ICAO stuck in bunker
24 May 2012
SBSTA missed yet another opportunity yesterday to take action on bunker fuels (i.e. fuels used for international transport). At 3.5 per cent per year, emissions from aviation constitute the fastest growing greenhouse gas emission sector worldwide. Yet they are not included in Climate Convention (CC) or Kyoto commitments, Parties do not have to report on them and they are tax-free. This clearly is an outrage.
After years of dithering, and a damning IPCC report on the harmful effects of air transport, the body nominally responsible for the regulation of international aviation, the International Civil Aviation Organistation (ICAO), announced yesterday it would be a good idea to have a cap and trade scheme for aviation emissions – provided it is “an open one across economic centres”.
What ICAO has overlooked is that advanced plans for such a scheme already exist. It is known as the Kyoto Protocol emissions trading scheme. It already has agreed on caps (obviating the need to negotiate new ones) and it enables participants to trade across all economic sectors except, at present, international aviation and marine transport.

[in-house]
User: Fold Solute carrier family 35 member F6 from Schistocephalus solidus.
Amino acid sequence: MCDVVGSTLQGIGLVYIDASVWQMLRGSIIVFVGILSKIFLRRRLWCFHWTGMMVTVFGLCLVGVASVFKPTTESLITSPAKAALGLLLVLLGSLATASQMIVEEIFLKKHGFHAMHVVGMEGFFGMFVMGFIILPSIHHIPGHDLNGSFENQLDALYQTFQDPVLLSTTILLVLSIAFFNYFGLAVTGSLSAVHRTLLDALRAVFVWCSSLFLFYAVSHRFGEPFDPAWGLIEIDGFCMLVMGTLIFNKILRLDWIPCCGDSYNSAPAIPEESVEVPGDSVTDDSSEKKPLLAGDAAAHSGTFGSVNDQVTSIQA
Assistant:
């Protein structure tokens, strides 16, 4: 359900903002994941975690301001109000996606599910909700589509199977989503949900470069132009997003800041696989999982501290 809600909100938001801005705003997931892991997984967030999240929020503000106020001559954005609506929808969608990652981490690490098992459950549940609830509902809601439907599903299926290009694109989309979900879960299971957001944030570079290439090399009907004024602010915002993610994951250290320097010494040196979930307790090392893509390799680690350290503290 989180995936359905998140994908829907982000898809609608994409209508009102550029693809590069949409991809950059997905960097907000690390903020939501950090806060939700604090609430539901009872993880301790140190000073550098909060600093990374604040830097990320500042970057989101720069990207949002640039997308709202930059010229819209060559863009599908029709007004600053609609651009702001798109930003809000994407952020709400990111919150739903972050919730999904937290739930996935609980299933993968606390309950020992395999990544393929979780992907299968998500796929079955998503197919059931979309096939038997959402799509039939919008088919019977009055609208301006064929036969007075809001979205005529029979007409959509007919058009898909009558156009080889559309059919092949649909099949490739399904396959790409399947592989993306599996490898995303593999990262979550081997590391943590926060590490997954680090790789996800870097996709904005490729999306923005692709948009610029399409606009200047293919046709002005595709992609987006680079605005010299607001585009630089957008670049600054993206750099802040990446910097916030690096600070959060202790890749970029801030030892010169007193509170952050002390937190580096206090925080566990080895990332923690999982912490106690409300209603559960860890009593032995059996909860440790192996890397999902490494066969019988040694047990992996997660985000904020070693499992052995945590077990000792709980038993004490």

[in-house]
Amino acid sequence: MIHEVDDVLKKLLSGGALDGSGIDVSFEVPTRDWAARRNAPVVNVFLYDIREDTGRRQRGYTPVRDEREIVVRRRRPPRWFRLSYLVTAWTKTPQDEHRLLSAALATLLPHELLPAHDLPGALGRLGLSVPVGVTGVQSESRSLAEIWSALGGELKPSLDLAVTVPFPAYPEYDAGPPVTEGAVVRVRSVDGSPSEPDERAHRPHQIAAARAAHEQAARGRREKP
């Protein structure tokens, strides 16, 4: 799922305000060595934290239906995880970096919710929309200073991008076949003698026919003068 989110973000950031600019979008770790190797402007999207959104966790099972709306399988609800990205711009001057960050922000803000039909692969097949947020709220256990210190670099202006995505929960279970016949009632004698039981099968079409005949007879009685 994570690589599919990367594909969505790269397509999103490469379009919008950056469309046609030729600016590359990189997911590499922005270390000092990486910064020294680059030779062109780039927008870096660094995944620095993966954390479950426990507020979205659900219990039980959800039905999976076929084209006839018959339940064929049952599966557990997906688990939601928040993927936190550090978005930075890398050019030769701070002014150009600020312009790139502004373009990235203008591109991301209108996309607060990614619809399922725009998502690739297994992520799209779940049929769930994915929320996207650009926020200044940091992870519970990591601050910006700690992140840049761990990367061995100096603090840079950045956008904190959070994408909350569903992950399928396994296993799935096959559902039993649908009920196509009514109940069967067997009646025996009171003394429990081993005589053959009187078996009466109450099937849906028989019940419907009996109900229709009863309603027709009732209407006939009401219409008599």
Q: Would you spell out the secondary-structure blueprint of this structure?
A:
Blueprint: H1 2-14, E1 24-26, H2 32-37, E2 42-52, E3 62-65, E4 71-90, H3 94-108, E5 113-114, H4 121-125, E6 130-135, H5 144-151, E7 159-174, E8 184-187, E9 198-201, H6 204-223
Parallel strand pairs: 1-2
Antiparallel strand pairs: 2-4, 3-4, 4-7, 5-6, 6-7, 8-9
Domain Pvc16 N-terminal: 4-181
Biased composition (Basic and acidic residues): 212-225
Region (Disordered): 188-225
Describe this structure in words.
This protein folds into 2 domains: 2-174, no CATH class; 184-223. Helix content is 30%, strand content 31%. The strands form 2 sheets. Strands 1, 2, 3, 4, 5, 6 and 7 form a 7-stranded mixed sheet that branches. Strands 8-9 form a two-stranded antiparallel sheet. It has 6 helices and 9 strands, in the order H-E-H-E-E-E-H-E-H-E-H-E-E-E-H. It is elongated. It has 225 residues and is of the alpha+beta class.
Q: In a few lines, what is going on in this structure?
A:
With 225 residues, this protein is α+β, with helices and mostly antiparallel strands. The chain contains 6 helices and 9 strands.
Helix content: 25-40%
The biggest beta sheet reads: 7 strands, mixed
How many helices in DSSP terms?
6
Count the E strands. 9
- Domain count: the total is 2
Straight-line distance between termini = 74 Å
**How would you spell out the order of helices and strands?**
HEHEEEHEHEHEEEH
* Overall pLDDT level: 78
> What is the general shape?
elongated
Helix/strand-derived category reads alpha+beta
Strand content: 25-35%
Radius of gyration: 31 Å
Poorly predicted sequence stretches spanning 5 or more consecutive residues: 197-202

A golden opportunity was thus missed. All that was needed yesterday was for SBSTA to have a short debate on the allocation of emissions from international transport to individual countries. (The debate could have been very short because there is only one practical option: allocation of emissions to the point of sale of the fuel.) ICAO could then have agreed to include aviation-related emissions under the Kyoto cap.
Seriously, ICAO just had its assembly and only meets every three years. Unless Parties to the CC decide the allocation and cap issues in the next SBSTA, we could wait long and hard for a solution to be found in ICAO. Even then, discussion in ICAO is likely to get bogged down in disputes amongst vested interests – those are much more entrenched than in SBSTA.